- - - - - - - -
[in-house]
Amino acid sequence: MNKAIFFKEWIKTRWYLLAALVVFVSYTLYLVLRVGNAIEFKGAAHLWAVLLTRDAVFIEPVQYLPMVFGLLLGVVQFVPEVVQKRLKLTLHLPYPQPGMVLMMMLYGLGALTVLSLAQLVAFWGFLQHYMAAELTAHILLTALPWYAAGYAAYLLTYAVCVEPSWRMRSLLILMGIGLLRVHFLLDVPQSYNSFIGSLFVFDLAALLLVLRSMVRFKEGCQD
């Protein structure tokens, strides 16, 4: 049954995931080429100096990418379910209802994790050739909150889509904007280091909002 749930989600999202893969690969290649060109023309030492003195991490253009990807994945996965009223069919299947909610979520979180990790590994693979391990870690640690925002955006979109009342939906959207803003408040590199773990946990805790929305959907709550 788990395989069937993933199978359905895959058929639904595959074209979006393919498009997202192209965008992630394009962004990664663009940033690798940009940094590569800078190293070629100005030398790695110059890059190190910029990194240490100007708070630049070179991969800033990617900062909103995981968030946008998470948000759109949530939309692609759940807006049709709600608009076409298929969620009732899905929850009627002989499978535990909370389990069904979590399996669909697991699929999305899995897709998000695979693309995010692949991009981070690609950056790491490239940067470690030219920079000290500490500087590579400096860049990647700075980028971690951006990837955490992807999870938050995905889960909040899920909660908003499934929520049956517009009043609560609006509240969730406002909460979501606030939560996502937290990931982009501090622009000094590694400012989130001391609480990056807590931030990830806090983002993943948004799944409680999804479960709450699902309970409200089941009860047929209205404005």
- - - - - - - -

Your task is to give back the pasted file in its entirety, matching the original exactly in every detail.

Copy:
[in-house]
Amino acid sequence: MNKAIFFKEWIKTRWYLLAALVVFVSYTLYLVLRVGNAIEFKGAAHLWAVLLTRDAVFIEPVQYLPMVFGLLLGVVQFVPEVVQKRLKLTLHLPYPQPGMVLMMMLYGLGALTVLSLAQLVAFWGFLQHYMAAELTAHILLTALPWYAAGYAAYLLTYAVCVEPSWRMRSLLILMGIGLLRVHFLLDVPQSYNSFIGSLFVFDLAALLLVLRSMVRFKEGCQD
């Protein structure tokens, strides 16, 4: 049954995931080429100096990418379910209802994790050739909150889509904007280091909002 749930989600999202893969690969290649060109023309030492003195991490253009990807994945996965009223069919299947909610979520979180990790590994693979391990870690640690925002955006979109009342939906959207803003408040590199773990946990805790929305959907709550 788990395989069937993933199978359905895959058929639904595959074209979006393919498009997202192209965008992630394009962004990664663009940033690798940009940094590569800078190293070629100005030398790695110059890059190190910029990194240490100007708070630049070179991969800033990617900062909103995981968030946008998470948000759109949530939309692609759940807006049709709600608009076409298929969620009732899905929850009627002989499978535990909370389990069904979590399996669909697991699929999305899995897709998000695979693309995010692949991009981070690609950056790491490239940067470690030219920079000290500490500087590579400096860049990647700075980028971690951006990837955490992807999870938050995905889960909040899920909660908003499934929520049956517009009043609560609006509240969730406002909460979501606030939560996502937290990931982009501090622009000094590694400012989130001391609480990056807590931030990830806090983002993943948004799944409680999804479960709450699902309970409200089941009860047929209205404005």